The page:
Salter did his part, raising $20,000 in prize money, renting a mansion on Lake Travis to house almost all of the players traveling in for the event.
“Cory was able to raise enough money where it would be enticing to the top players,” Riley said. “The event we threw at 16th Street (in 2020) — we weren’t able to market it. In fact, we didn’t want to, because it was towards the end of that initial surge of COVID and we didn’t want to break rules but we still wanted to play. We figured if we put up enough cameras it would still be fun to watch.
“Before, all the four-mans we put on we were like ‘Let’s just put it on 16th and we’ll figure it out.’ Now we’re charging admission and we’re trying to prove a sustainable model where all of the funds go back to the players and pay for all the costs. We took a look at the numbers today and we’re going to do better than break even, so the model is working and it’s pretty exciting.”
The numbers are working despite Salter and the McKibbins turning away a few interested advertisers and sponsors. This year wasn’t so much about making money or breaking even as it was proving that pulling off an event like this is possible and sustainable.
“This is hopefully a proof of concept if it goes off well to show that you can have ticket sales, you can do things, you can make some money, and you can sell it to advertisers, because there’s plenty of opportunity,” Salter said. “We didn’t let anybody else in. We’ve had other people want to advertise, but next year we’ll hopefully open it up.”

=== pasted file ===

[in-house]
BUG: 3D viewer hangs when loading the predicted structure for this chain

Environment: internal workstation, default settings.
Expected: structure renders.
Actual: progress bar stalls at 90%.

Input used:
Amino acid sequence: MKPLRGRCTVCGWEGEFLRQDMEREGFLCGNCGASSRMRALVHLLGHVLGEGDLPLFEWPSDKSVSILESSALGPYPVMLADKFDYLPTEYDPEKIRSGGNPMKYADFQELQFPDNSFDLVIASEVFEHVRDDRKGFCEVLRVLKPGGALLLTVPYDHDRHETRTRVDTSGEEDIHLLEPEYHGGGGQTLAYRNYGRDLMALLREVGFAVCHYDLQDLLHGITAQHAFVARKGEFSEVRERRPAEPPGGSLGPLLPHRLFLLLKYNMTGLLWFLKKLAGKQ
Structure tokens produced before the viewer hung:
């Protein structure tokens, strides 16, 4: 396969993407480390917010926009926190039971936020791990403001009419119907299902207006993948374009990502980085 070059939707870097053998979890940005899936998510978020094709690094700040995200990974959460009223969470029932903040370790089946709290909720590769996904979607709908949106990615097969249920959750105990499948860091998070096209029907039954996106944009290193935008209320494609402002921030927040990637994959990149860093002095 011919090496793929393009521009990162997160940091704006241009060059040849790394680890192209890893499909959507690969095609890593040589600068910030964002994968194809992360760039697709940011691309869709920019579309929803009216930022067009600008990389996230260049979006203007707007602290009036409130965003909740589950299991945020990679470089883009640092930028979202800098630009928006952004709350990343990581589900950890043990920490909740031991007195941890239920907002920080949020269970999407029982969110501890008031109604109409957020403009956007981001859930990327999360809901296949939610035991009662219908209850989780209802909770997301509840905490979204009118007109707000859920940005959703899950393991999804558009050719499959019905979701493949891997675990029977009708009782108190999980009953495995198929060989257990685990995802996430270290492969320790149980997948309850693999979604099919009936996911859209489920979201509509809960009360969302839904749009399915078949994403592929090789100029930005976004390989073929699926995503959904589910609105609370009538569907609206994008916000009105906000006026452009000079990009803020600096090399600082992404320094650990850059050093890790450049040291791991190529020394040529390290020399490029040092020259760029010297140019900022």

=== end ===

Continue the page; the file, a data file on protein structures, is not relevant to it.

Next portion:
Beach volleyball, and athletes in general, have been, as Salter said, “a great way to advertise” for SharpeVision, which provides, among other services, Lasik eye surgery. Both Maddison and Geena Urango turned to SharpeVision when they needed Lasik, and SharpeVision has worked with the NFL’s Seattle Seahawks, NHL’s Chicago Blackhawks, and is currently partners with Major League Soccer.
Athletes are “a huge part of our demographic,” Salter said. “They just don’t want to wear glasses and contacts, especially at the professional level because everybody’s looking for an advantage.”
A recreational volleyball player, Salter, like so many recreational players across the country, came across the McKibbin tutorials on YouTube “and thought these guys are onto something,” he said. “I really liked what they were doing.”
Now they’re working together, putting on a first-of-its-kind event to bookend the 2021 season. The first of what they intend to be many.
“It’s been fun,” Maddison said. “It’s been a learning experience, but we didn’t know there would be this much demand. It’s been cool because a lot of players are on board and easy to work with. We’re excited. It was a much bigger load than we thought but it’s kinda fun. It’s like when we started learning YouTube, all these smaller things you have to figure out. But it’s all coming together, that’s for sure.
“Really when it comes down to it, we’re not looking to make a profit, we’re testing the waters to see what the demand of this is like and what we can create. The event we did in Hermosa was a case study, and this one is the biggest case study we’ve done.”